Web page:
Friday, January 27, 2012

Wednesday, January 18, 2012

political verse

It is impossible to fully grasp Rimbaud’s work, and especially Une Saison en Enfer, if you have not studied through and understood the whole of Marx’s Capital. And this is why no English speaking poet has ever understood Rimbaud. Poetry is stupid, but then again, stupidity is not the absence of intellectual ability but rather the scar of its mutilation.

Copy////pasted from Sean Bonney's September 27 2011 blade pitch @ poet's abandoned buildings for his Commons and Happiness (poems after Rimbaud) publications

Monday, January 02, 2012

Continuing ballad of The Someday Funnies

'The Someday Funnies' ballad veered into present writer's Beat generation Ballads blogged at this spot few times since printed bookwork publication a year ago. See here, here & here.

This ballad was written originally as poetic hommaġe to a 'lost' book of the 1970s. As legendary among sci-fi and comic fans as HP Lovecraft's 'lost' Necronomicon among fans of horror fantasy.

The Someday Funnies as book-myth became topic of study in an article by Bob Levin for an issue of American Comics Journal in 2009. (The Comics Journal considers comic-book and cartoon-strips as art and literary form through serious and scholarly analysis. There is nothing comparable UK where milieu writers have arguably veered to medium of radio and television. And comic-book artists still seem to be perceived as part of some creepy swivel-eyed male geekdom.)

My own understanding adapting beat generation ballads from blog to Veer bookwork at the time was that Levin's lavishly illustrated essay on The Someday Funnies in The Comics Journal was something of a revelation.

What I didn't know was Comics Journal had stimulated interest, not only in Michel Choquette and his lost comic book, but a will to finally publish the hidden hoard of submissions which included a full page contribution from Mike Weller when he was living as alter-ego '70s underground cartoonist, Captain Stelling. Over the years Weller and his 20th century pulp experience has been fictionalized by present author as both historical object and personal subject in Mike's own visual bookwork Space Opera and entry opening decade 21st century worked as prose-fed Michael John home'baked Slow Fiction.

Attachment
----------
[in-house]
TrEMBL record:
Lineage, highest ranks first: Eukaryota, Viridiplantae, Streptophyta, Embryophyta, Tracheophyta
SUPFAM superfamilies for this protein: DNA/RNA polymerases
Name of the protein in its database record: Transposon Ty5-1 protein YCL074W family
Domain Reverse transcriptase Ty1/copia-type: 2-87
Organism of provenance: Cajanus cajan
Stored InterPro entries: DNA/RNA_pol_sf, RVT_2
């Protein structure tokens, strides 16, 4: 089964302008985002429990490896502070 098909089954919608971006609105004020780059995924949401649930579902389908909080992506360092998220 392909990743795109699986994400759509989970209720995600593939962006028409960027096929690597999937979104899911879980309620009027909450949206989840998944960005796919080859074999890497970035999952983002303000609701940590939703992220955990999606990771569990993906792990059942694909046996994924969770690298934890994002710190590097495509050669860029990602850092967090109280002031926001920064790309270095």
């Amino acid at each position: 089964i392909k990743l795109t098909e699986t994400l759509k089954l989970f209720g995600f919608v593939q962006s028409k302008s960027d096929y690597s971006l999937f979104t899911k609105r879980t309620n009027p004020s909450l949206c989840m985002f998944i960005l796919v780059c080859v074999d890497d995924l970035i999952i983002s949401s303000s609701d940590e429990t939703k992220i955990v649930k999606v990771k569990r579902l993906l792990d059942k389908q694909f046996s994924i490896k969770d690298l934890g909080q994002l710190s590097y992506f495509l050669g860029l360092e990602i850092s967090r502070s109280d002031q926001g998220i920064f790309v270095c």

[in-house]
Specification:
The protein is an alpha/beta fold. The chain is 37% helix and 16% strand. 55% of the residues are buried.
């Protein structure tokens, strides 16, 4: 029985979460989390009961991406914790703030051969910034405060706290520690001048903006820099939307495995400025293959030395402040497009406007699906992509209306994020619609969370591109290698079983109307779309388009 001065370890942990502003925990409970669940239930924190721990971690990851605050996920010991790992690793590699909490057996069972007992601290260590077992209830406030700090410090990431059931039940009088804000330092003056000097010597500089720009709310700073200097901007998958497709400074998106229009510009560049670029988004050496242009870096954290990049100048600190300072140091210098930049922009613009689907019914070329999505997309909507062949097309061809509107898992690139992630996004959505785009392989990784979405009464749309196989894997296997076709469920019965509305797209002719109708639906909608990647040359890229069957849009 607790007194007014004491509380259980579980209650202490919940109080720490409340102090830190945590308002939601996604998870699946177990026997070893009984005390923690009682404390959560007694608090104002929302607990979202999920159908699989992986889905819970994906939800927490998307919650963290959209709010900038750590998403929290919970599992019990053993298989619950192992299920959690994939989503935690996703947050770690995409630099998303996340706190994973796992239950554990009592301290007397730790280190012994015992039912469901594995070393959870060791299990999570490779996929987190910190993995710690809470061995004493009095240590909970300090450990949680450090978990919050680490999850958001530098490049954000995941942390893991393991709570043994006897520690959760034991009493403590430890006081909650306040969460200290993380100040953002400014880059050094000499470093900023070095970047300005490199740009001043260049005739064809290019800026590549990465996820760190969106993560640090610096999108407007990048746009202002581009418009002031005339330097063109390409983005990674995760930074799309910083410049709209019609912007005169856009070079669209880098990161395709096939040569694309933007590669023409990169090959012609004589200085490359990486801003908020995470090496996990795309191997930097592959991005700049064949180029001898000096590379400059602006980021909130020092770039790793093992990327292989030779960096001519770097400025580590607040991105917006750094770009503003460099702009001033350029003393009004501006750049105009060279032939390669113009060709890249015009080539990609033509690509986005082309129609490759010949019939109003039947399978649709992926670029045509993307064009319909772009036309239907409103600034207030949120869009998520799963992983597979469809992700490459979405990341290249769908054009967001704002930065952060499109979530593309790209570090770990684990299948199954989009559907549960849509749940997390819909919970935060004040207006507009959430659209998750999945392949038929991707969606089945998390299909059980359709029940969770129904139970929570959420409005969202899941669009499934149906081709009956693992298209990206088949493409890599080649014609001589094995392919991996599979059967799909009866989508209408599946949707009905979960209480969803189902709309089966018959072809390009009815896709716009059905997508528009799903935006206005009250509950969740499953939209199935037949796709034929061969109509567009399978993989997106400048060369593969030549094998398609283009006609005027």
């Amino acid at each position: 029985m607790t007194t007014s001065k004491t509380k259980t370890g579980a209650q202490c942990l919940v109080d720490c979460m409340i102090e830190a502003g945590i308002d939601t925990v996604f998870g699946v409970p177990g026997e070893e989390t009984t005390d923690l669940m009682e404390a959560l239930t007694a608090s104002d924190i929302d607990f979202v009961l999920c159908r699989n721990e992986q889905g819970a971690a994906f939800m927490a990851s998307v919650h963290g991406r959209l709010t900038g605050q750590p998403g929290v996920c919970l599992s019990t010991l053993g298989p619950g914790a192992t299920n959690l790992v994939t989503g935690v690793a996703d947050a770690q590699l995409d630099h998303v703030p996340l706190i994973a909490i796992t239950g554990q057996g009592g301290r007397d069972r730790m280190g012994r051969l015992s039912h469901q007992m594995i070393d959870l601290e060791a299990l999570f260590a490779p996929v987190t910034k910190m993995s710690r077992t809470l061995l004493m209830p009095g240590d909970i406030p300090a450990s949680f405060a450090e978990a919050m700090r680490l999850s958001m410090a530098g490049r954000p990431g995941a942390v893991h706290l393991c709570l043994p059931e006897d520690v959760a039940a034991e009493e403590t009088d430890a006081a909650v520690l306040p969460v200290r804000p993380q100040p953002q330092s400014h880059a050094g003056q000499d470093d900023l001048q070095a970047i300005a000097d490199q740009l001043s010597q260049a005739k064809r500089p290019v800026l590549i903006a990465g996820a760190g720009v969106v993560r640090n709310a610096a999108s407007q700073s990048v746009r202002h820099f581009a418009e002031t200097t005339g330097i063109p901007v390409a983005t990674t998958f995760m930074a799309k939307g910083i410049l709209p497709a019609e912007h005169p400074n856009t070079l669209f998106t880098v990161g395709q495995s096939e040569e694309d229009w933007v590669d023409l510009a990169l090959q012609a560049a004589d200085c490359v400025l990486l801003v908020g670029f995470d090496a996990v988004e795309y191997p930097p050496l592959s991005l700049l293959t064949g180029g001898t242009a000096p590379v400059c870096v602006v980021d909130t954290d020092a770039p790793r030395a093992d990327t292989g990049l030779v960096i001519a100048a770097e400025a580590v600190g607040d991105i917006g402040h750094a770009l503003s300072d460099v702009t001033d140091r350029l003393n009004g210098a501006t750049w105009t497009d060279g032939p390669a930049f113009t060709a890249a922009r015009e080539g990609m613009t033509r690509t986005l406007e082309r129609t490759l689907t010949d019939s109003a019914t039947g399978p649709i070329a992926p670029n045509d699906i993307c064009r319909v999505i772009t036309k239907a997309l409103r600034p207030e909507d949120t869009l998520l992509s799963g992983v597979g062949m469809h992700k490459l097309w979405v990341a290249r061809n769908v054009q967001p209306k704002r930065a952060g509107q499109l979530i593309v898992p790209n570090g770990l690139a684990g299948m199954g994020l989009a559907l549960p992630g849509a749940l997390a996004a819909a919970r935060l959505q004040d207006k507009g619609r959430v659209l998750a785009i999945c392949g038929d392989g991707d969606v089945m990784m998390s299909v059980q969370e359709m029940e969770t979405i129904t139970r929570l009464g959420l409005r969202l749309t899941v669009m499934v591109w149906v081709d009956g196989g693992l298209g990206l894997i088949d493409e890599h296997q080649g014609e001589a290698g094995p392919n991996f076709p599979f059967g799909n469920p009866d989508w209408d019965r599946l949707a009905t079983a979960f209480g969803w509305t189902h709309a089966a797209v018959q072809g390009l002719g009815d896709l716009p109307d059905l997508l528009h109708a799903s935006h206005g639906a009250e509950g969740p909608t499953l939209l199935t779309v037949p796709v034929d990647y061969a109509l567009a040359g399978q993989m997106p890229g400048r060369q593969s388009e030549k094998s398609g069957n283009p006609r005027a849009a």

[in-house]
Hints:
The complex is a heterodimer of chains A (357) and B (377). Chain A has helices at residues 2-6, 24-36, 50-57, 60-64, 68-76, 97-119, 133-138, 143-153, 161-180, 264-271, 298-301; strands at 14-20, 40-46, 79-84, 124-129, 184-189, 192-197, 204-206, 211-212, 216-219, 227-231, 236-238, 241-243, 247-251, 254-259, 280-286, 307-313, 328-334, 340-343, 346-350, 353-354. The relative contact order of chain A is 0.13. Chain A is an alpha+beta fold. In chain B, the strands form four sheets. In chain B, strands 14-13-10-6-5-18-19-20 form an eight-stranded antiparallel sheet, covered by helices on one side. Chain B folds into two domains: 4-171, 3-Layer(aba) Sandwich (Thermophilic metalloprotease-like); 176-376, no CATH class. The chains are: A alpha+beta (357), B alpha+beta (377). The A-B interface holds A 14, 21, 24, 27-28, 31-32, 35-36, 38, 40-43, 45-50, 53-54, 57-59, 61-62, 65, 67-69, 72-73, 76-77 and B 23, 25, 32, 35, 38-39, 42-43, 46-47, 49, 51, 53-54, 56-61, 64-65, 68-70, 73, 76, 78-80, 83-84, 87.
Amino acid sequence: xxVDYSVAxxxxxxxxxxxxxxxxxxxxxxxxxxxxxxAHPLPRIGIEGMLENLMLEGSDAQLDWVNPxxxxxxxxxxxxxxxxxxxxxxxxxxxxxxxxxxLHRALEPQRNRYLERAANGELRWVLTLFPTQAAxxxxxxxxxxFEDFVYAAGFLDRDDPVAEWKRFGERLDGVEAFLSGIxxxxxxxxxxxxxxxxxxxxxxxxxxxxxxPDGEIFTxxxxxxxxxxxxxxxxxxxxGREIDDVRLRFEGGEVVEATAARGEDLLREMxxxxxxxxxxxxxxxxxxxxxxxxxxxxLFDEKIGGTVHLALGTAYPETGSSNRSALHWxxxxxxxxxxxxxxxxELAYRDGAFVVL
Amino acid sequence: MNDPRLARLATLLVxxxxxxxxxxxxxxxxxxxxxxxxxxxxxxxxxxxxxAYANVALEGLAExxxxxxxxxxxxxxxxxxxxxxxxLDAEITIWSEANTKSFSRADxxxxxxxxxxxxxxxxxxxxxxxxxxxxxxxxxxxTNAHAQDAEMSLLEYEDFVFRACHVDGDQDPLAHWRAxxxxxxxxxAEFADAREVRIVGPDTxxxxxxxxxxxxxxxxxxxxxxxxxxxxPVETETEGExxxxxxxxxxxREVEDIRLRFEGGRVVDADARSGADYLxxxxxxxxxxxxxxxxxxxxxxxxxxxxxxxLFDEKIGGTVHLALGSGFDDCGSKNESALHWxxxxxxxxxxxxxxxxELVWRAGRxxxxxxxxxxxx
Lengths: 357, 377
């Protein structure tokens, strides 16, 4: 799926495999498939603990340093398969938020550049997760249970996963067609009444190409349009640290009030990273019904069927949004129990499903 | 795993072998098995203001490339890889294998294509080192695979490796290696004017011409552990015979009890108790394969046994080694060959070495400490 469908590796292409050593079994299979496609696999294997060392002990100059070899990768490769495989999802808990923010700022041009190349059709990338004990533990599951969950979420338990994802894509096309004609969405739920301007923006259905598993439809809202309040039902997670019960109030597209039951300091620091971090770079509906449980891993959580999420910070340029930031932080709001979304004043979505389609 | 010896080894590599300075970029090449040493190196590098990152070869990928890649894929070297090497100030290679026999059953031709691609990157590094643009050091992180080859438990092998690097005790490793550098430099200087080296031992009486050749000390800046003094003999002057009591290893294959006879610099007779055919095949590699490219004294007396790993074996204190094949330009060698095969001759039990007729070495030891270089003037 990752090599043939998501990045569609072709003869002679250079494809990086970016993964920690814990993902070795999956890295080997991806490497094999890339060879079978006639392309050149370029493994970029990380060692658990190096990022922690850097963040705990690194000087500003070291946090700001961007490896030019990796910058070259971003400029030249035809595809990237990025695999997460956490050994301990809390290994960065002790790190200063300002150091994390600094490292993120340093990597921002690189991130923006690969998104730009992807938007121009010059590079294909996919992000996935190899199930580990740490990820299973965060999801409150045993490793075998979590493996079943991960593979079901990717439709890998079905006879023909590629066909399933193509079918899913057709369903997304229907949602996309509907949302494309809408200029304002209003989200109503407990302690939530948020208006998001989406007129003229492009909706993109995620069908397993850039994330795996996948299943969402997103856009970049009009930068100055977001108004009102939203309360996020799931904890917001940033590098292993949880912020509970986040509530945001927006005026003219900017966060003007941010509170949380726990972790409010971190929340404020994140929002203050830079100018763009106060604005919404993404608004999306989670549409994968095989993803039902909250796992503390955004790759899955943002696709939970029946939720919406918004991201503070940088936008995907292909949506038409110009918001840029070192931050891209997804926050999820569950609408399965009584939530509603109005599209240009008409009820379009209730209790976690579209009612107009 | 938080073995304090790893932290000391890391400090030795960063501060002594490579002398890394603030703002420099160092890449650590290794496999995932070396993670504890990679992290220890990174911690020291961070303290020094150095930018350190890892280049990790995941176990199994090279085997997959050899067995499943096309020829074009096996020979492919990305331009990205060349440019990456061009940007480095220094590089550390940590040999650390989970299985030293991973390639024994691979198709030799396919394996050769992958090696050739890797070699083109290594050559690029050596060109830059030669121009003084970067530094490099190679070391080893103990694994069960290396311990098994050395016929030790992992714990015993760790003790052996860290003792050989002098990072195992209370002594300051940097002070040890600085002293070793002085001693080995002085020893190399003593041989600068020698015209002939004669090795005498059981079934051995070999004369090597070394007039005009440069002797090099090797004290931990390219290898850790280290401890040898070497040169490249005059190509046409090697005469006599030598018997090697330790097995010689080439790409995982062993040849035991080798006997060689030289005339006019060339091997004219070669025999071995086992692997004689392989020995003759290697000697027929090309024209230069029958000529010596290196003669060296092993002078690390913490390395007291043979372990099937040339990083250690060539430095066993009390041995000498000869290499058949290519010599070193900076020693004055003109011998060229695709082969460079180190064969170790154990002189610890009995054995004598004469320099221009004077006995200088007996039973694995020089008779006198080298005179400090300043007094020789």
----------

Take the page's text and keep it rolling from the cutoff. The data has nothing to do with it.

Like olden days when great beat generation US 45rpm singles couldn't make the British hit parade because Tin Pan Alley ruled the charts - The Someday Funnies has not yet hit radar UK - neither comics fandom nor liberal arts media.

And the tombstone of a book is causing a stir on the other side of the pond. Puffed and hyped-up in North America during fall 2011 - conflicting reviews of Choquette's book have since appeared at The Comics Journal website itself where one editor Tim Holder describes his own journal's response as a house divided. This is because original discoverer Bob Levin celebrates publication while Journal co-editor Dan Nadel's disses the book's arrival, backed up by several posts acquiescing with his critique in the comment thread. R. Fiore's later post at the Journal
provides a detailed, much wider critique of selection and content - followed by a long thread with several knowledgeable comments.

Choquette responds to reviews of his book by taking it out of a generic house of comics to wider blogosphere online @ Huffington Post.

Present author composed 'The Someday Funnies' ballad when believed lost. He wouldn't change one visual or written aspect now it's been found.